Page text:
to give individuals proper notice and upset settled expectations. See, e.g., Landgraf v USI Film Products, 511 US 244, 265, 114 S.Ct. 1483, 1497 (1994). The Supreme Court has made clear that “Congress is manifestly not permitted to abdicate or to transfer to others
the essential legislative functions with which it is [constitutionally] vested.” See Panama Refining Co. v Ryan, 293 US 388, 421, 55 S.Ct. 241, 248 (1935). Instead, the Ryan Court made clear that Congress may only leave to “selected instrumentalities the making of
subordinate rules within prescribed limits and the determination of facts to which the policy as declared by the Legislature is to apply.” 293 US at 421, 55 S.Ct. at 248 (holding that Congress had unconstitutionally delegated the Executive Branch the authority to prohibit. transportation of excess petroleum, which would be subject
to fine or imprisonment); see ALA Schechter Poultry Corp. v US, 295 US 495, 550, 55 S.Ct. 837, 852 (1935) (holding that Congress had unconstitutionally authorized the Executive Branch to prescribe codes of fair competition, the violation of which would be a misdemeanor offense).
20) Plaintiff asserts that this is exactly what Congress did in the Act. It placed the crucial prosecutorial decision (i.e., whether or not to retroactively expose individuals to criminal liability) in the hands of the Executive Branch via the Attorney General.
21) For the reasons stated, Plaintiff argues that Congress’ delegation to the Attorney General of the important decision of whether the Act applies retroactively was an impermissible delegation of constitutionally-prescribed, legislature authority. See Panama Refining Co., 295 US at 550, 55 S.Ct. at 852; ALA Schechter Poultry Corp., 294 US at 550, 55 S.Ct. at 852.
Congress Lacks the Power to Force Individuals Convicted
of Sex Offenses Which Do Not Affect or Burden Interstate
Commerce to Register ;as Sex Offenders – SORNA Violates the
22) Section 2250 is unconstitutional on its face and as applied to Plaintiff, as it violates the Commerce Clause. In order to violate 18 USC § 2250, a defendant must first be “required to register under the [SORNA].” 18 USC § 2250(a)(1). However, Congress lacks the authority to direct individuals convicted of offenses which do not affect or burden interstate commerce to register as state sex offenders. Therefore, Congress could not constitutionally require Plaintiff, who was convicted of an offense which did not affect or burden interstate commerce, to register under SORNA. Thus, the first element of SORNA cannot be met.
23) SORNA creates affirmative requirements for “sex offenders” to register with their local jurisdiction. 42 USC §§ 16913-16916. As described above, SORNA’s definition of “sex offender” includes citizens who have been convicted under federal and state criminal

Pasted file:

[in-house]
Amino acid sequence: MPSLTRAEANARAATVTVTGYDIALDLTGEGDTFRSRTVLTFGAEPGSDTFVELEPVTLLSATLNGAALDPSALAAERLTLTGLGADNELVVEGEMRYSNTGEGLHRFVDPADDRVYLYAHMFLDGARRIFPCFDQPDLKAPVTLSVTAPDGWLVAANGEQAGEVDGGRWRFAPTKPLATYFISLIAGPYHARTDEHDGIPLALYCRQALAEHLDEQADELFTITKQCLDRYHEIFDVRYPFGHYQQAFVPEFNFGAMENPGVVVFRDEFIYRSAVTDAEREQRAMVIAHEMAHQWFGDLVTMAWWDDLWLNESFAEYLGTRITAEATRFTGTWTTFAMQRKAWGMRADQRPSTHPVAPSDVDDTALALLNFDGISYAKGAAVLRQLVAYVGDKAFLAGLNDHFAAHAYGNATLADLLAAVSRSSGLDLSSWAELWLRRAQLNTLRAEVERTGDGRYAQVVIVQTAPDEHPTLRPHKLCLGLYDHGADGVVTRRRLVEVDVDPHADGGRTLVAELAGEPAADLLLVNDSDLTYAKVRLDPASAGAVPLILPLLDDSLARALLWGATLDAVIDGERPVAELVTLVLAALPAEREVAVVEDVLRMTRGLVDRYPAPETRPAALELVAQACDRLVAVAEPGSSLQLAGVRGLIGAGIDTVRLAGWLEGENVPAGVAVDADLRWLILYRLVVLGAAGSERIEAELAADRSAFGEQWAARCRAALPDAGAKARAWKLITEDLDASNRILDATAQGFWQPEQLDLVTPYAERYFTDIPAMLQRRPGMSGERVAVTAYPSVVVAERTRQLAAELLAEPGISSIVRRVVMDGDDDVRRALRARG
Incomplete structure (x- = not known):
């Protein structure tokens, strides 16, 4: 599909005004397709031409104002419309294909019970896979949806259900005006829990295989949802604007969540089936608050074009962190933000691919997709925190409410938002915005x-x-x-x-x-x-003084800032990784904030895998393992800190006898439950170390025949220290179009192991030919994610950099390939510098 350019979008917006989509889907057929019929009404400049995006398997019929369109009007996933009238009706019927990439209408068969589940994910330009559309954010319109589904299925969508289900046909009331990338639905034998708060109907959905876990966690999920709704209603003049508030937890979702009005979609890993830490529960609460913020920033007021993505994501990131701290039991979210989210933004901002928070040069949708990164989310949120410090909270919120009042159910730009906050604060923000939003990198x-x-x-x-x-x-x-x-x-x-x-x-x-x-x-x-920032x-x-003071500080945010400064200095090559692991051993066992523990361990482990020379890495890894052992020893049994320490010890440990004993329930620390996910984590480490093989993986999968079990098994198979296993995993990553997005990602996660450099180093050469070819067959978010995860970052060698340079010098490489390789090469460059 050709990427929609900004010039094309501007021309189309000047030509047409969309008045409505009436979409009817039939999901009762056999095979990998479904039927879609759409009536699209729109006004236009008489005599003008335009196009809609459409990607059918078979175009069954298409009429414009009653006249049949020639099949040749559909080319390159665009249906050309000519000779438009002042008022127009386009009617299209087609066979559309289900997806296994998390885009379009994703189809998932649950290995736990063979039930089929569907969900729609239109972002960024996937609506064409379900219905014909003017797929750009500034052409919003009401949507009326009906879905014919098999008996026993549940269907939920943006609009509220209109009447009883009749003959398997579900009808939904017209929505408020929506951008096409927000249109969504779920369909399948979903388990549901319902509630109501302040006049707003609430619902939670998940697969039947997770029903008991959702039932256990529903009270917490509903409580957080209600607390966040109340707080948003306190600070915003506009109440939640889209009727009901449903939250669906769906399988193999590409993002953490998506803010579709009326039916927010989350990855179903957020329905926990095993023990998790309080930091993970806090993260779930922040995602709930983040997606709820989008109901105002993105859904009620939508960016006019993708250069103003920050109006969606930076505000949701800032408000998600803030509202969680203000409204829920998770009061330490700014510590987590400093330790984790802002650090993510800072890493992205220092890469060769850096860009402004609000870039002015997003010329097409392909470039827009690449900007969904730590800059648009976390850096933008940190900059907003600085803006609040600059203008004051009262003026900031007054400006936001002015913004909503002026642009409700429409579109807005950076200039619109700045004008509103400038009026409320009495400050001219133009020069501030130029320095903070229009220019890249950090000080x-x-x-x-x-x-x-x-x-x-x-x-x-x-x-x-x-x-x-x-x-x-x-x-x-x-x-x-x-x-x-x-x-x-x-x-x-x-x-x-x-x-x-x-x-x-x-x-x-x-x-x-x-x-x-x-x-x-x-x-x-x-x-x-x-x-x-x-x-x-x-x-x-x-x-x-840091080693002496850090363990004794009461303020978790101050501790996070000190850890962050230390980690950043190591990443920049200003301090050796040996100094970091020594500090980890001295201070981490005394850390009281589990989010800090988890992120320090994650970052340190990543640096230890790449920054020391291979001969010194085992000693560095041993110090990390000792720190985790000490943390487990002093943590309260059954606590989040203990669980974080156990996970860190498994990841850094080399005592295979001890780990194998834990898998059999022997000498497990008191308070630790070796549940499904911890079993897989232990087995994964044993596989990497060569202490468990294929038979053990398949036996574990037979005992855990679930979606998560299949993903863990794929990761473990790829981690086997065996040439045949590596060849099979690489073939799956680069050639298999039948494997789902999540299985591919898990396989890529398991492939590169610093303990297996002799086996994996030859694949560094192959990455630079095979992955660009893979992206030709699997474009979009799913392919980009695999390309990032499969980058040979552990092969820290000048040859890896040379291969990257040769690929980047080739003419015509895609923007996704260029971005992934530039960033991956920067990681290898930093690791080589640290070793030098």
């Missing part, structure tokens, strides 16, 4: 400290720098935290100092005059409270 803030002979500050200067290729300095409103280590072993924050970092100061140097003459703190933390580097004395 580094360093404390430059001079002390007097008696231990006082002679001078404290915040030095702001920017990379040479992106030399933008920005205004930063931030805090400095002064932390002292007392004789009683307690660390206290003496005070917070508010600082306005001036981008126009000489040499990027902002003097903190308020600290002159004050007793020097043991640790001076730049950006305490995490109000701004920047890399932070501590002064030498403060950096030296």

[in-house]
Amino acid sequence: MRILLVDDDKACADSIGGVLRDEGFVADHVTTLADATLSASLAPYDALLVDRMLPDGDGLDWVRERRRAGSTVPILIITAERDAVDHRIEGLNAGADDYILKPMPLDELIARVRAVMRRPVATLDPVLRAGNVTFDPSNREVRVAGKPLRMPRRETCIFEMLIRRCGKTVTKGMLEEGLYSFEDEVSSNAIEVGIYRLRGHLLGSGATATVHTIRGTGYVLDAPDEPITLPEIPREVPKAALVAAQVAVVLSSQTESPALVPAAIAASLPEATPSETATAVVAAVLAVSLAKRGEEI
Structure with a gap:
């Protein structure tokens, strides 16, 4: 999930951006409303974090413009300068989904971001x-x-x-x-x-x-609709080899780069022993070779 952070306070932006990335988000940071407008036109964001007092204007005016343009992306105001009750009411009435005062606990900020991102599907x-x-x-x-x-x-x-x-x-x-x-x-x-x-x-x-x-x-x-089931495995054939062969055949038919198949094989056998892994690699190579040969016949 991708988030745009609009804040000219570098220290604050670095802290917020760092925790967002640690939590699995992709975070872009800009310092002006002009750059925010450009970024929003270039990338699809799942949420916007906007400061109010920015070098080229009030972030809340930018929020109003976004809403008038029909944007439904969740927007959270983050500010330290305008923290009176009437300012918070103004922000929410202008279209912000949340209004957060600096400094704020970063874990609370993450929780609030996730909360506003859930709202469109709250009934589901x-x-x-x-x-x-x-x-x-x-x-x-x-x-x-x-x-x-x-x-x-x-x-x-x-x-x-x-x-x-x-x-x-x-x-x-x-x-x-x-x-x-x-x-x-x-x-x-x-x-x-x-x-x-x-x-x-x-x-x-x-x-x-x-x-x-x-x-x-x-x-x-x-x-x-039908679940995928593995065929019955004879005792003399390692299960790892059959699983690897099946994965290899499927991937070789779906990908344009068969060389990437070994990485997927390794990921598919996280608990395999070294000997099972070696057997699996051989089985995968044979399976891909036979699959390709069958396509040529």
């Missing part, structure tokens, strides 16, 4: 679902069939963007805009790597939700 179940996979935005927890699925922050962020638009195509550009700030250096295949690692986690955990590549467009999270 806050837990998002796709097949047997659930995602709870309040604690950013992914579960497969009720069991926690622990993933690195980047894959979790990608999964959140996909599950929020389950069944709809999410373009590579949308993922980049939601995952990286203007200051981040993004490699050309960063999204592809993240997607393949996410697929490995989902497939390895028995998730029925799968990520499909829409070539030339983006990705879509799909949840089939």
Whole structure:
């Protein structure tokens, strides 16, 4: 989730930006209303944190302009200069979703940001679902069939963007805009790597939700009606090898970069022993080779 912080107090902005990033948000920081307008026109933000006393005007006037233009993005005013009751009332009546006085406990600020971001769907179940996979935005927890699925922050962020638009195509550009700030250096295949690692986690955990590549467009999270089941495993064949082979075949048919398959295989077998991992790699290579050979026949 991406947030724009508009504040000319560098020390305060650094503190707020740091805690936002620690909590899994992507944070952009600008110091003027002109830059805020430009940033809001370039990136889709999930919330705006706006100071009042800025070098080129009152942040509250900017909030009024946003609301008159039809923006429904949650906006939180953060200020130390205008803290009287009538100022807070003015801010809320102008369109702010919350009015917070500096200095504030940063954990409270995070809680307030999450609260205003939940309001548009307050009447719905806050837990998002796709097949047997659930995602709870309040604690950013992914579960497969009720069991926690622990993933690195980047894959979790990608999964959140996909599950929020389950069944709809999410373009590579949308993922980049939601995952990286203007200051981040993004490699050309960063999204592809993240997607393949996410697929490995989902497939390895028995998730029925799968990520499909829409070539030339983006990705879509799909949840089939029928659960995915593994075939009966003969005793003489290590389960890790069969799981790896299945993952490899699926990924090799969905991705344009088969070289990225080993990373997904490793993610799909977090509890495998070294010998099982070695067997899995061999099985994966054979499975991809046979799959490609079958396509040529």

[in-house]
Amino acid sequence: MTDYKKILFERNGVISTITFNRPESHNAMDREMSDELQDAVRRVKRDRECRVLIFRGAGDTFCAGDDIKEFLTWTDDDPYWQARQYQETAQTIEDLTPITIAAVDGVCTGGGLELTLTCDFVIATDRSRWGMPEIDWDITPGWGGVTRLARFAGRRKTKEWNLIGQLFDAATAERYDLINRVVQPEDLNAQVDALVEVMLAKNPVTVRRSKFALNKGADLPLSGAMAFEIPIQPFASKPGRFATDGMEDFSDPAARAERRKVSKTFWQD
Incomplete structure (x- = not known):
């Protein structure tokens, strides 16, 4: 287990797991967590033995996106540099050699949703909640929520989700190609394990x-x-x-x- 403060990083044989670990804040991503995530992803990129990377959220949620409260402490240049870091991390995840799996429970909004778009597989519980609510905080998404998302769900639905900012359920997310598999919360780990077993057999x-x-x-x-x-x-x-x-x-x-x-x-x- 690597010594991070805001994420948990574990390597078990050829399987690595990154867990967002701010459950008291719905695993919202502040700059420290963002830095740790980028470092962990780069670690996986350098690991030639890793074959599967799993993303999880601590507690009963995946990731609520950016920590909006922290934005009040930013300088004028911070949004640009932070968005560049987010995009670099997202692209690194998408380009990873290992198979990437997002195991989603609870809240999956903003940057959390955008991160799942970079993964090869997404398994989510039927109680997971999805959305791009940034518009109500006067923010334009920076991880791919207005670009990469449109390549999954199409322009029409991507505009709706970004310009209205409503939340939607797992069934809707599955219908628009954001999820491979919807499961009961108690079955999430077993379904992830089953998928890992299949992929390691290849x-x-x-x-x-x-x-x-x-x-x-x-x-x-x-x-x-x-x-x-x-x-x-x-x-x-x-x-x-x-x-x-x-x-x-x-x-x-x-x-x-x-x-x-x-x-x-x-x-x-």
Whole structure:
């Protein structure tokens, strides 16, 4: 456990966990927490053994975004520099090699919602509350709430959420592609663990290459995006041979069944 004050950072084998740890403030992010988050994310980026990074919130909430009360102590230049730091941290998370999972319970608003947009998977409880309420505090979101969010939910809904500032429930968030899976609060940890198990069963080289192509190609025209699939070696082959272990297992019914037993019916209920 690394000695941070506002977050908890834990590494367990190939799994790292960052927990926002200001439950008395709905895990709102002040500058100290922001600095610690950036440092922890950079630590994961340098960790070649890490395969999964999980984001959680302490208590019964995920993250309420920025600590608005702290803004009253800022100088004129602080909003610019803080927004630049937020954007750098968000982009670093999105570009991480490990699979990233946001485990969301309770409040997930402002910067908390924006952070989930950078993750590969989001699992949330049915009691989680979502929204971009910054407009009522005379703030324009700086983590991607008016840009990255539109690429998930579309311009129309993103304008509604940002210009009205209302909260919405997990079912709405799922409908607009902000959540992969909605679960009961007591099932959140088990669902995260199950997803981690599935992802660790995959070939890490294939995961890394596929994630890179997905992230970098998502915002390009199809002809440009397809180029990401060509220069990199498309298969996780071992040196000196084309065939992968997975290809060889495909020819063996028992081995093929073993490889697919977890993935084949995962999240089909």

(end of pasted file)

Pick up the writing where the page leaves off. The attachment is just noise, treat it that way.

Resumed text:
laws, even if their offense has no relation to interstate activity or commerce. 42 USC § 16911. The Registration Requirements are not directed to the states, but to individuals. For example, 42 USC § 16913(a) requires a sex offender to “register and keep the registration current, in each jurisdiction where the offender resides.”
24) Congress may only enact legislation pursuant to the powers specifically delegated to it by the Constitution. US v Lopez, 514 US 549, 552 (1995). SORNA does not itself explain under what authority Congress imposes the Registration Requirements, but the only power through which Congress could conceivably enact them. is its power “[t]o regulate Commerce with foreign Nations, and among the several States, and with Indian Tribes.” US Const. Art. I § 8, cl. 3. However, under modern Commerce Clause jurisprudence, as articulated in Lopez, 524 US 549 (1995), US v Morrison, 529 US 598 (2000), and US v Jones, 529 US 848 (2000), it is clear that Congress does not have the power to impose Registration Requirements on individual citizens convicted of purely intrastate offenses. Plaintiff’s conviction was such intrastate activity or at least his activities did not affect or burden interstate commerce.
25) As the Court articulated in Morrison, “modern Commerce Clause jurisprudence
has ‘identified three broad categories of activity that Congress may regulate under
its commerce power.”‘ 529 US at 608-09 (quoting Lopez, 514 US at 558). First, Congress may regulate the use of and channels of interstate commerce, such as interstate highways, the mail or air traffic routes. Id. Second, Congress can regulate and protect the instrumentalities of interstate commerce or persons or things in interstate commerce. Id. Finally, Congress can regulate those activities that have a substantial effect on interstate commerce. Id.
26) The Registration Requirements have nothing to do with the channels of interstate commerce. Hence, the Registration Requirements cannot be supported by Congress’
power to regulate them. Further, the Registration Requirements are imposed on
individuals who are not in interstate commerce or have any connection to interstate commerce. Thus, the second Lopez category, protecting the instrumentalities of, or things in interstate commerce, cannot apply. The Registration Requirements can therefore only be upheld if they regulate “those activities that substantially affect interstate commerce.” Lopez, 514 US at 558-59. In Lopez and Morrison, the Court set forth several factors that indicate whether a regulation can be upheld as an activity that substantially affects interstate commerce. As an initial matter, it is relevant whether the activity regulated has